OREANDA-NEWS. China's long steel prices have fallen since winter production cuts were imposed two months ago, as a slowdown in demand outweighs tighter supplies.

China has imposed a 50pc cut in pig iron output across 28 cities in the north and east of the country from 15 November to 15 March, while other cities have implemented varying levels of production restrictions. The curbs aim to reduce coal use by mills in order to cut urban smog during the winter. The cuts are likely to result in a loss of 30mn-50mn t of crude steel output in the four-month period.

The production cuts coincide with the winter slowdown in construction activity in north and east China, which reduces downstream demand for billet, rebar and wire rod. Prices of flat products, which are used mostly in manufacturing, have remained stable.

More than half of China's steel is used in the construction sector. The price of Tangshan billet, a key barometer of construction steel demand, fell by 9.5pc from 15 November to 15 January to 3,490 yuan/t ($542.50/t), while rebar prices have dropped by around 9pc in the same period.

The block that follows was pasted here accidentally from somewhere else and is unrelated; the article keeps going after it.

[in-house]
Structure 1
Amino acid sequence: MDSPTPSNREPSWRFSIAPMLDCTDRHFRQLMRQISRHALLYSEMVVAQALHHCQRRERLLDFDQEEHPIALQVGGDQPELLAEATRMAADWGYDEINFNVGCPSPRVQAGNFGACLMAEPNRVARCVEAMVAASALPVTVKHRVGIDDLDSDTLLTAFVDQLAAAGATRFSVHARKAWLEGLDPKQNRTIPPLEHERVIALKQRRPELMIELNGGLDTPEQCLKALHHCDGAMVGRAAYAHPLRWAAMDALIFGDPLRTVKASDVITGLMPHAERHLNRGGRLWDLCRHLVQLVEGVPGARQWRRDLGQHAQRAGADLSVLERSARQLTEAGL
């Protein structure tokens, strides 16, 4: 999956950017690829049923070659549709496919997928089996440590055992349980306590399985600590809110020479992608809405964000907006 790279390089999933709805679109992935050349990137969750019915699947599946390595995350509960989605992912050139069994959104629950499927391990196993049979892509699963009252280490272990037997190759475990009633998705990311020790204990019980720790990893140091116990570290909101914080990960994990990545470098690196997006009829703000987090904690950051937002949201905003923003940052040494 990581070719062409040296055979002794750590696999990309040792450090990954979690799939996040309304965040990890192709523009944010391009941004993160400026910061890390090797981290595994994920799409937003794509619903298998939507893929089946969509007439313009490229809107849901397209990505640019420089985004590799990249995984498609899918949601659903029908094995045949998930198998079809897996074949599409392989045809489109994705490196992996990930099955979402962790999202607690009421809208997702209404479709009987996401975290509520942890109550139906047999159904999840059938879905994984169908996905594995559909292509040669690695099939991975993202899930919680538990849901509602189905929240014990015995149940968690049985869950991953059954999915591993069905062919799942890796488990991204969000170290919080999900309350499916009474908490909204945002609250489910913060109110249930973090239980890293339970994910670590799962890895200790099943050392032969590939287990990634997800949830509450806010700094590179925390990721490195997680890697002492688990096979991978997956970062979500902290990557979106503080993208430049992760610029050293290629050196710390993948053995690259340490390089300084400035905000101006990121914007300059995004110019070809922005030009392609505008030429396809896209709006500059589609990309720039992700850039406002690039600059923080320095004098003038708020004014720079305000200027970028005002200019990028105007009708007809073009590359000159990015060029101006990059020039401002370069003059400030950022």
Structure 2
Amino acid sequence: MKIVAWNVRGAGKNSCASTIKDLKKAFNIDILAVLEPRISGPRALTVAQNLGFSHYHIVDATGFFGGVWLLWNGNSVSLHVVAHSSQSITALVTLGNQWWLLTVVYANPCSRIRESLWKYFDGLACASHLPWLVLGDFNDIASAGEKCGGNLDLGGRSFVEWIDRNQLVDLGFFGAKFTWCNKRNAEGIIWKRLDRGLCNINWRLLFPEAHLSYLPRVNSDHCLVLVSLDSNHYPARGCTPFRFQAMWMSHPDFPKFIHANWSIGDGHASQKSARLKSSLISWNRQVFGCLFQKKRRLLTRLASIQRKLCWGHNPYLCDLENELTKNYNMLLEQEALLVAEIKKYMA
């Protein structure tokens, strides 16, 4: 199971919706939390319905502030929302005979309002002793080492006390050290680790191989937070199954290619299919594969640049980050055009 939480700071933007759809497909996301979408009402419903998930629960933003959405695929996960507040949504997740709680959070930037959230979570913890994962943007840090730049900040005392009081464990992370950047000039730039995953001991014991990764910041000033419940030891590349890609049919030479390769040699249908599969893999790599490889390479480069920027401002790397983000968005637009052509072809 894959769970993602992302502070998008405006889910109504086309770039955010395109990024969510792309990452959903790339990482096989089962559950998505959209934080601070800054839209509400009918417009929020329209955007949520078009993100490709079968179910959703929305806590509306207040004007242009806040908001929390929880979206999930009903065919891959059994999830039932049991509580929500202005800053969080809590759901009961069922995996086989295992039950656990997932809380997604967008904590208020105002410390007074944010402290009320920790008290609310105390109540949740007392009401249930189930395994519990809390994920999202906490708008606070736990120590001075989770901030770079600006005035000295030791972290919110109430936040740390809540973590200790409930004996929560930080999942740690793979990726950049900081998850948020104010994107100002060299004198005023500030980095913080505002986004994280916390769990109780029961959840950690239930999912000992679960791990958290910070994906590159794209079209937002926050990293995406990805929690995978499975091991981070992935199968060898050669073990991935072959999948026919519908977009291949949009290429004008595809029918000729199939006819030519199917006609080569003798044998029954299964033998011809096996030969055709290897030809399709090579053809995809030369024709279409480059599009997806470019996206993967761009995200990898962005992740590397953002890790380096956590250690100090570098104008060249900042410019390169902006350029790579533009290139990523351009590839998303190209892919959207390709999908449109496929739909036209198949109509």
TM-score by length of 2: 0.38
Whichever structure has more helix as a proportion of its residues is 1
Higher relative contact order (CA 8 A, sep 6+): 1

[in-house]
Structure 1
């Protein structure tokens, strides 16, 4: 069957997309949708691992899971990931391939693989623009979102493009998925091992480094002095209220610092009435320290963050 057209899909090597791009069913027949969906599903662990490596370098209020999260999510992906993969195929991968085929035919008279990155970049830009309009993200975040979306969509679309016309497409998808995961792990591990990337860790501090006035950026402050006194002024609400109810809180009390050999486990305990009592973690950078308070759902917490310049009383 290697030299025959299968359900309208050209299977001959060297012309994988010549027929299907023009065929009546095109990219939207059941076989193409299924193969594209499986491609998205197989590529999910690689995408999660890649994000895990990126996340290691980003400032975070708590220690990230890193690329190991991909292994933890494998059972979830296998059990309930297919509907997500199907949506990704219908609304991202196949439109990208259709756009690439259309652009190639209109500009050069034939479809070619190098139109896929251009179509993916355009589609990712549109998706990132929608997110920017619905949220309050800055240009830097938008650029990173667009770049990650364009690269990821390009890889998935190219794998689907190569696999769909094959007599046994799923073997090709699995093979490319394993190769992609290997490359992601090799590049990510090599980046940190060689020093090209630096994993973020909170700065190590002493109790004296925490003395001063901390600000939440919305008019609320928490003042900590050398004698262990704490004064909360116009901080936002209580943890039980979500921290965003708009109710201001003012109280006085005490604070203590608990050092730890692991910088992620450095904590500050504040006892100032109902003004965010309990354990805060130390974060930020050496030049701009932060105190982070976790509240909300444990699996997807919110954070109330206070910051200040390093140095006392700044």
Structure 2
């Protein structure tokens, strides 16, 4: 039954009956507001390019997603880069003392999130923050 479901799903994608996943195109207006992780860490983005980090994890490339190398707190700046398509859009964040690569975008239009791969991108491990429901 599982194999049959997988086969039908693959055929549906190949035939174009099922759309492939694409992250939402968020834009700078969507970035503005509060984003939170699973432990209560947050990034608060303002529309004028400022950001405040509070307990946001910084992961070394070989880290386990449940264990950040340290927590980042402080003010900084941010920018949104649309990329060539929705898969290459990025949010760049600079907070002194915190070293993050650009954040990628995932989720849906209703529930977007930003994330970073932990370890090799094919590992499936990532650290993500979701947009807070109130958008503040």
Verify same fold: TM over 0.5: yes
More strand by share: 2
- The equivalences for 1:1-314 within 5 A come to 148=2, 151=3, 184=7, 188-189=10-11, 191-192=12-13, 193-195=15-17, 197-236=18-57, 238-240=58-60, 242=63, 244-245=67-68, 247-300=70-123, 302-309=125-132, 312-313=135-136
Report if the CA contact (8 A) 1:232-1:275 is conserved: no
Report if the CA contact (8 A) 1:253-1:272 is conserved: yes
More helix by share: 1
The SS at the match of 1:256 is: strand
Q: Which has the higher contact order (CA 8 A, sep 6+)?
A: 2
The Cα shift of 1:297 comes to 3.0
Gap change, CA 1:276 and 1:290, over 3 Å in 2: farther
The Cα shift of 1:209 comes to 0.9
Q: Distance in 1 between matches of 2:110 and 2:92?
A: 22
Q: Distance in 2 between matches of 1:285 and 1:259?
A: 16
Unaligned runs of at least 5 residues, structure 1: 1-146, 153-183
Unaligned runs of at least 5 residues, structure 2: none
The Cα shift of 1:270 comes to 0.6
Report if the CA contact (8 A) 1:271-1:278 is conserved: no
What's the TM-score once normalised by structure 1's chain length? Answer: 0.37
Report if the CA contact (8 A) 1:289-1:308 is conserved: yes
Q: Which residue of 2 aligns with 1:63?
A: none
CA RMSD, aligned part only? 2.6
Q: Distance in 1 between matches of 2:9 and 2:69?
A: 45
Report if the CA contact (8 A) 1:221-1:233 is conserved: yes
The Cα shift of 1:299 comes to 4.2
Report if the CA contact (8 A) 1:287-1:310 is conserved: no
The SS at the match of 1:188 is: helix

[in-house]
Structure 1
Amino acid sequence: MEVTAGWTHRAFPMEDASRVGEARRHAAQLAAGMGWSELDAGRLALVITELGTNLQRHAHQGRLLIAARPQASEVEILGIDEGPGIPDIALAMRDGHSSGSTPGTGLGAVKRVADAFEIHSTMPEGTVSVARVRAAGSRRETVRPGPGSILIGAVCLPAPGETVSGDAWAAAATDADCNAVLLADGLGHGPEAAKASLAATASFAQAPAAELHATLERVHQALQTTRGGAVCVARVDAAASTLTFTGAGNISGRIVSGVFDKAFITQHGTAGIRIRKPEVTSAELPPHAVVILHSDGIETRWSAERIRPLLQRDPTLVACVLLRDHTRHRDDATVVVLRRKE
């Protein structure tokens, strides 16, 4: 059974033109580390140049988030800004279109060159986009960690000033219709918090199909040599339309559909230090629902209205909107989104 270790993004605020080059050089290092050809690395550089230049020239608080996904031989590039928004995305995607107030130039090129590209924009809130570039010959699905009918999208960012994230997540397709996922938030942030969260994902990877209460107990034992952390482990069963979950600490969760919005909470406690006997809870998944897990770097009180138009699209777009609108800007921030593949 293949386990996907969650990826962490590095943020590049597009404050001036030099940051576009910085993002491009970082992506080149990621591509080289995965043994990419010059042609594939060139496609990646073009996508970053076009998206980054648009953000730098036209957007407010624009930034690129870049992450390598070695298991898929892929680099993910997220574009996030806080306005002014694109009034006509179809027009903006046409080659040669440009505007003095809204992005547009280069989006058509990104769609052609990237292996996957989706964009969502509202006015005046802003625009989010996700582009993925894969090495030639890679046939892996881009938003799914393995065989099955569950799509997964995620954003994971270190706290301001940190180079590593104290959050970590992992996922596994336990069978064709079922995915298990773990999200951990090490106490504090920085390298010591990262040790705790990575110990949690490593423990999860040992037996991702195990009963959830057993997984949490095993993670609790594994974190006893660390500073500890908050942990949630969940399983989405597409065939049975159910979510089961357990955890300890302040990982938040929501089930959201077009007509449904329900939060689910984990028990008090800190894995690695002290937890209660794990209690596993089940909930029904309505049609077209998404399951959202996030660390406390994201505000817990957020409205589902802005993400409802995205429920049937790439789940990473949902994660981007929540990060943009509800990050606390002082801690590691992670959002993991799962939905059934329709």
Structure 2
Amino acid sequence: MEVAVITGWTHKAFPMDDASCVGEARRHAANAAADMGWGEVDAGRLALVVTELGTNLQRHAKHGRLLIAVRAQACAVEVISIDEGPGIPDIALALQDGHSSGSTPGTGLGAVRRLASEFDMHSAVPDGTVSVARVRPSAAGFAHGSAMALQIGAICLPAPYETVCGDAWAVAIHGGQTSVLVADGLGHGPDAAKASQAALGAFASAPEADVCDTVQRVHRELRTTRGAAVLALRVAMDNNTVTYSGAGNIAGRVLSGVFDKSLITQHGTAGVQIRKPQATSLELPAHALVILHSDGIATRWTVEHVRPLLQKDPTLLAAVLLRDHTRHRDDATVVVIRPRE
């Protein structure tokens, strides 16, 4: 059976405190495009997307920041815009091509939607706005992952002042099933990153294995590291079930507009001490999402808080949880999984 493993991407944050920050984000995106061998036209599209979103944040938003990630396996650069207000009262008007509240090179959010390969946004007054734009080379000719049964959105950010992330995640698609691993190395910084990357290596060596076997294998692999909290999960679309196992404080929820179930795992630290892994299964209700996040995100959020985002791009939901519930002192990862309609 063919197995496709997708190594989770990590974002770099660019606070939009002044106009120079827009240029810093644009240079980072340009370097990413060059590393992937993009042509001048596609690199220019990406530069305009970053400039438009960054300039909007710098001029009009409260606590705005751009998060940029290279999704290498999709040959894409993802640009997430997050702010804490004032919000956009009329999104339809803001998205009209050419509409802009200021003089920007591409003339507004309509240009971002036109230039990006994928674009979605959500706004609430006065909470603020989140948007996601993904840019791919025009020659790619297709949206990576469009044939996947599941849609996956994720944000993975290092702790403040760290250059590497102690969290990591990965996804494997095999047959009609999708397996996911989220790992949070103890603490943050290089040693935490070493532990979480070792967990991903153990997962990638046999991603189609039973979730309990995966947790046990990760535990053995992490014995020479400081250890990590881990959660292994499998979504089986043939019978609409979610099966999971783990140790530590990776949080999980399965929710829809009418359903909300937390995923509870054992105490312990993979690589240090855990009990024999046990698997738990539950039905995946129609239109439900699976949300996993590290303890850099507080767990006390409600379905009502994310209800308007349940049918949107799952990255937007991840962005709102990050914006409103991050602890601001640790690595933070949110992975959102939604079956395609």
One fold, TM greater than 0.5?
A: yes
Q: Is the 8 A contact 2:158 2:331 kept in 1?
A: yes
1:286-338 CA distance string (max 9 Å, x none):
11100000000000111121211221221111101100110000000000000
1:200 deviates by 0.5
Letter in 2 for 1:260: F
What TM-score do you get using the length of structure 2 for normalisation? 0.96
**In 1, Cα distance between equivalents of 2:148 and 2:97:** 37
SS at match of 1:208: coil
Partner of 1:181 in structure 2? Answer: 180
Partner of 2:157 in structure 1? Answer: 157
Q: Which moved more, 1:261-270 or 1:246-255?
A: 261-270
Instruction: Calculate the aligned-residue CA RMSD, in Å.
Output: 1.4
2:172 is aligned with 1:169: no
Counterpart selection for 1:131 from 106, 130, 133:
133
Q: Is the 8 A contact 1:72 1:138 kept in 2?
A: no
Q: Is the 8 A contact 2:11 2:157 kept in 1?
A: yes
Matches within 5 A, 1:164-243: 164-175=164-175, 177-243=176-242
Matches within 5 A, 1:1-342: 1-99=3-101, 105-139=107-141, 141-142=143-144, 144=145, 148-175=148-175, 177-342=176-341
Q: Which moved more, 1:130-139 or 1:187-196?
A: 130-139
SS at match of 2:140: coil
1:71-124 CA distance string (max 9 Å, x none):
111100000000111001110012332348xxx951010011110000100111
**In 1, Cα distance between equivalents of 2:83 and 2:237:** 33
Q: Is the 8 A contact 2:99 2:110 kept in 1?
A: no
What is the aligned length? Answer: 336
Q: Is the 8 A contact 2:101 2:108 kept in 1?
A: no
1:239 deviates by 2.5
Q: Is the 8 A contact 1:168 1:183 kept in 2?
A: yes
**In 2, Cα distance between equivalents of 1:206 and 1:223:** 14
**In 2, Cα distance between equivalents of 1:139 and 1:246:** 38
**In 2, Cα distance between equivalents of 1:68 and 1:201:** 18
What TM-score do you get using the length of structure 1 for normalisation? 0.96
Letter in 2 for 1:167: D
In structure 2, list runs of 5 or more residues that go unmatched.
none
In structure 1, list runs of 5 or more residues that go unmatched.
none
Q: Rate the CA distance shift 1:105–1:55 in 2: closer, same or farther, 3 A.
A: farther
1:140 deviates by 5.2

Rebar prices had risen sharply after the winter output cuts began, surging to around Yn5,000/t in early December from Yn4,140/t on 15 November. Prices remained in the Yn4,800-5,000/t range until the second week of December, after which the winter construction slowdown started to erode demand and prices.

Steel mill profits have fallen to around Yn700-800/t from about Yn2,000/t in early December. Market participants expect further declines in profit margins at mills across China to around Yn200/t. Some steelmakers in Shanxi are already reporting profits of Yn200/t, with 20 days of unsold inventories.

But the fall in steel prices has failed to curb gains in iron ore. The Argus ICX price for 62pc imported fines has increased by 23.5pc since 15 November to $76.85/t yesterday.

Seaborne iron ore prices have strengthened on the back of expectations for a surge in iron ore and steel demand after the end of the lunar new year holidays in late February, when construction activity will revive after the winter lull. Mills will also resume normal operations when the output curbs are lifted after 15 March, further boosting demand for iron ore.

But iron ore prices face strong near-term resistance at $80/t. The peak in the ICX over the last couple of months was $79.10/t on 11 January.

Buying interest in high-grade fines and pellet feed concentrate remains robust, although mills are not in any hurry to stock up on cargoes, which could keep any price gains more gradual. But iron ore prices are being supported by unprecedented stockbuilding by mills, with several steelmakers holding up to 30 days of iron ore use, against the typical 25-27 days. Some mills have reported building 45-60 days of stocks to avoid being caught short in the spring and summer.